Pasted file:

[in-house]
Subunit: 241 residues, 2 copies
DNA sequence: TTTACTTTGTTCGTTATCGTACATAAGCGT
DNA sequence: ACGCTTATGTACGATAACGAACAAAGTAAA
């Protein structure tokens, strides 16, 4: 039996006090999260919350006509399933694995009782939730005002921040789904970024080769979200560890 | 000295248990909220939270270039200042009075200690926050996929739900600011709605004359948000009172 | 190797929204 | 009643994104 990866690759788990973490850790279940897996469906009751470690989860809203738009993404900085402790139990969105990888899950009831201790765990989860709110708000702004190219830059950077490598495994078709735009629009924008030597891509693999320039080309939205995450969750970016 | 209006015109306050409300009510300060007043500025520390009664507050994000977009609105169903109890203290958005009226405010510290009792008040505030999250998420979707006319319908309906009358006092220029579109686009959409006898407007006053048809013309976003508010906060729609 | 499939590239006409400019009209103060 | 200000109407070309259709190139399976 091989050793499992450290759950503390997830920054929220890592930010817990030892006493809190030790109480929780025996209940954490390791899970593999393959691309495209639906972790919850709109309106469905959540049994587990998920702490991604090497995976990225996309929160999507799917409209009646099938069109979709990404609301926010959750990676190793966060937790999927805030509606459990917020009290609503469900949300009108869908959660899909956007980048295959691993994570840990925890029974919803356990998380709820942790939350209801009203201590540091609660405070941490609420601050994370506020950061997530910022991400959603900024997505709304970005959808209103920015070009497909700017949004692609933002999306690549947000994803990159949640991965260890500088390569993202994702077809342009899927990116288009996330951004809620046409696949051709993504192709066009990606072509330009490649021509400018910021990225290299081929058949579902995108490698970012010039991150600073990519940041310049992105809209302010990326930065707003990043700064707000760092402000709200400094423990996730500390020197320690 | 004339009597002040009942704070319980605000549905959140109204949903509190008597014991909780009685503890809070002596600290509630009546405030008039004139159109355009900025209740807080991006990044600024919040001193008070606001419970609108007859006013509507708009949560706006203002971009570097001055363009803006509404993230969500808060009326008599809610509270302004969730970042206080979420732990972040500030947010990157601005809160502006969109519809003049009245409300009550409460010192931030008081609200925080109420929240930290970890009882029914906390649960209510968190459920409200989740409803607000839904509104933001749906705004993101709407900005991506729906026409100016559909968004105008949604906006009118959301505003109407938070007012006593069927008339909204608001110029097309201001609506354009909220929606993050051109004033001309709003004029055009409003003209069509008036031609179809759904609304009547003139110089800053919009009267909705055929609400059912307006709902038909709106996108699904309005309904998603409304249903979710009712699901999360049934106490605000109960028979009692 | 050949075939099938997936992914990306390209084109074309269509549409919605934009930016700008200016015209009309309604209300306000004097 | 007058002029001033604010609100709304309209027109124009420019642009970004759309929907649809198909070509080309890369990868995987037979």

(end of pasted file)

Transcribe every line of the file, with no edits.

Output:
[in-house]
Subunit: 241 residues, 2 copies
DNA sequence: TTTACTTTGTTCGTTATCGTACATAAGCGT
DNA sequence: ACGCTTATGTACGATAACGAACAAAGTAAA
């Protein structure tokens, strides 16, 4: 039996006090999260919350006509399933694995009782939730005002921040789904970024080769979200560890 | 000295248990909220939270270039200042009075200690926050996929739900600011709605004359948000009172 | 190797929204 | 009643994104 990866690759788990973490850790279940897996469906009751470690989860809203738009993404900085402790139990969105990888899950009831201790765990989860709110708000702004190219830059950077490598495994078709735009629009924008030597891509693999320039080309939205995450969750970016 | 209006015109306050409300009510300060007043500025520390009664507050994000977009609105169903109890203290958005009226405010510290009792008040505030999250998420979707006319319908309906009358006092220029579109686009959409006898407007006053048809013309976003508010906060729609 | 499939590239006409400019009209103060 | 200000109407070309259709190139399976 091989050793499992450290759950503390997830920054929220890592930010817990030892006493809190030790109480929780025996209940954490390791899970593999393959691309495209639906972790919850709109309106469905959540049994587990998920702490991604090497995976990225996309929160999507799917409209009646099938069109979709990404609301926010959750990676190793966060937790999927805030509606459990917020009290609503469900949300009108869908959660899909956007980048295959691993994570840990925890029974919803356990998380709820942790939350209801009203201590540091609660405070941490609420601050994370506020950061997530910022991400959603900024997505709304970005959808209103920015070009497909700017949004692609933002999306690549947000994803990159949640991965260890500088390569993202994702077809342009899927990116288009996330951004809620046409696949051709993504192709066009990606072509330009490649021509400018910021990225290299081929058949579902995108490698970012010039991150600073990519940041310049992105809209302010990326930065707003990043700064707000760092402000709200400094423990996730500390020197320690 | 004339009597002040009942704070319980605000549905959140109204949903509190008597014991909780009685503890809070002596600290509630009546405030008039004139159109355009900025209740807080991006990044600024919040001193008070606001419970609108007859006013509507708009949560706006203002971009570097001055363009803006509404993230969500808060009326008599809610509270302004969730970042206080979420732990972040500030947010990157601005809160502006969109519809003049009245409300009550409460010192931030008081609200925080109420929240930290970890009882029914906390649960209510968190459920409200989740409803607000839904509104933001749906705004993101709407900005991506729906026409100016559909968004105008949604906006009118959301505003109407938070007012006593069927008339909204608001110029097309201001609506354009909220929606993050051109004033001309709003004029055009409003003209069509008036031609179809759904609304009547003139110089800053919009009267909705055929609400059912307006709902038909709106996108699904309005309904998603409304249903979710009712699901999360049934106490605000109960028979009692 | 050949075939099938997936992914990306390209084109074309269509549409919605934009930016700008200016015209009309309604209300306000004097 | 007058002029001033604010609100709304309209027109124009420019642009970004759309929907649809198909070509080309890369990868995987037979």